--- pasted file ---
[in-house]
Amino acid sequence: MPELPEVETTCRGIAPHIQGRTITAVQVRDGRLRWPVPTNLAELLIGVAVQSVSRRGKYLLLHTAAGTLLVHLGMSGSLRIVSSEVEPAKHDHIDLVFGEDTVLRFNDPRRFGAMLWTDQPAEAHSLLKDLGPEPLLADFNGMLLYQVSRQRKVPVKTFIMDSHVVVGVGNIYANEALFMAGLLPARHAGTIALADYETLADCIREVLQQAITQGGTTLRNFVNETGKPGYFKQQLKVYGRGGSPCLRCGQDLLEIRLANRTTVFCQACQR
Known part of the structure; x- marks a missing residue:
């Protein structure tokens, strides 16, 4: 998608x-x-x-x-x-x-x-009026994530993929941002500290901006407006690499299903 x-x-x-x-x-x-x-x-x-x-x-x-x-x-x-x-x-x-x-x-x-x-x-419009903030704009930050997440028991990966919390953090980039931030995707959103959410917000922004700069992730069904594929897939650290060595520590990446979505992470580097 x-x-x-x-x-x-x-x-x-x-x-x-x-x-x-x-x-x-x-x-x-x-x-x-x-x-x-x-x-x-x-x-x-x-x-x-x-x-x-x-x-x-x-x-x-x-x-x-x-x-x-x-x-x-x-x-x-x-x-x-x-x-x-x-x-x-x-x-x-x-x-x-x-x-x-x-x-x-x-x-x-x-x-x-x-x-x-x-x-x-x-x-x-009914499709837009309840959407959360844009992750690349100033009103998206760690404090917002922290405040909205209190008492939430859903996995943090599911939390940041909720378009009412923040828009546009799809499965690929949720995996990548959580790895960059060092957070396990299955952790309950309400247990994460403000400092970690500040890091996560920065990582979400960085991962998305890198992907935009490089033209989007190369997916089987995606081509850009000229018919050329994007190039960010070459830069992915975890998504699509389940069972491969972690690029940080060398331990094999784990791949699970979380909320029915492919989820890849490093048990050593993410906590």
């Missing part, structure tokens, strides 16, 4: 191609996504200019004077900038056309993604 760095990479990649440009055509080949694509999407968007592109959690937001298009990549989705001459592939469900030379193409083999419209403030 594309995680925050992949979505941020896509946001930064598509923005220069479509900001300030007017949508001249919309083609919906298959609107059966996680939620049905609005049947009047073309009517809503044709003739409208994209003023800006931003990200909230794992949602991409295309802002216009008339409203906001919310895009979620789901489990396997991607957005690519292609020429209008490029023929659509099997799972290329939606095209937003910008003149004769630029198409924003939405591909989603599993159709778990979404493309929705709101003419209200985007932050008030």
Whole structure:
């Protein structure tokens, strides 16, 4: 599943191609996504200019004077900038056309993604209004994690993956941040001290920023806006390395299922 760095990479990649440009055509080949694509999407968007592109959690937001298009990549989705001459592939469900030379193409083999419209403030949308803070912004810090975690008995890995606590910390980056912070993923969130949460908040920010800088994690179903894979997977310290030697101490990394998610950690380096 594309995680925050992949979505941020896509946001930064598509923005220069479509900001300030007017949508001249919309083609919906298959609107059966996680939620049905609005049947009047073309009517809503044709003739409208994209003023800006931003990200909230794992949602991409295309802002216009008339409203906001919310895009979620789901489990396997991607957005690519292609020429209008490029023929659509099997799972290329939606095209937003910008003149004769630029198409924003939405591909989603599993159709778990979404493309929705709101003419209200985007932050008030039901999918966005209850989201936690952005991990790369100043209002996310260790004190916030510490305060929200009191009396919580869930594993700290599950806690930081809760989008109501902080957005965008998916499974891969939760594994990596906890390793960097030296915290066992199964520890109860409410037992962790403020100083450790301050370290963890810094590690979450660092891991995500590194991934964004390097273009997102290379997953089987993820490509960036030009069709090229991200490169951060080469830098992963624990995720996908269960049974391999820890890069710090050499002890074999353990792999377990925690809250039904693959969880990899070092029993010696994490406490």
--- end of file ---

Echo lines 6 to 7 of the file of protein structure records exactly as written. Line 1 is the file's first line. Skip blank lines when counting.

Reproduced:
Whole structure:
């Protein structure tokens, strides 16, 4: 599943191609996504200019004077900038056309993604209004994690993956941040001290920023806006390395299922 760095990479990649440009055509080949694509999407968007592109959690937001298009990549989705001459592939469900030379193409083999419209403030949308803070912004810090975690008995890995606590910390980056912070993923969130949460908040920010800088994690179903894979997977310290030697101490990394998610950690380096 594309995680925050992949979505941020896509946001930064598509923005220069479509900001300030007017949508001249919309083609919906298959609107059966996680939620049905609005049947009047073309009517809503044709003739409208994209003023800006931003990200909230794992949602991409295309802002216009008339409203906001919310895009979620789901489990396997991607957005690519292609020429209008490029023929659509099997799972290329939606095209937003910008003149004769630029198409924003939405591909989603599993159709778990979404493309929705709101003419209200985007932050008030039901999918966005209850989201936690952005991990790369100043209002996310260790004190916030510490305060929200009191009396919580869930594993700290599950806690930081809760989008109501902080957005965008998916499974891969939760594994990596906890390793960097030296915290066992199964520890109860409410037992962790403020100083450790301050370290963890810094590690979450660092891991995500590194991934964004390097273009997102290379997953089987993820490509960036030009069709090229991200490169951060080469830098992963624990995720996908269960049974391999820890890069710090050499002890074999353990792999377990925690809250039904693959969880990899070092029993010696994490406490």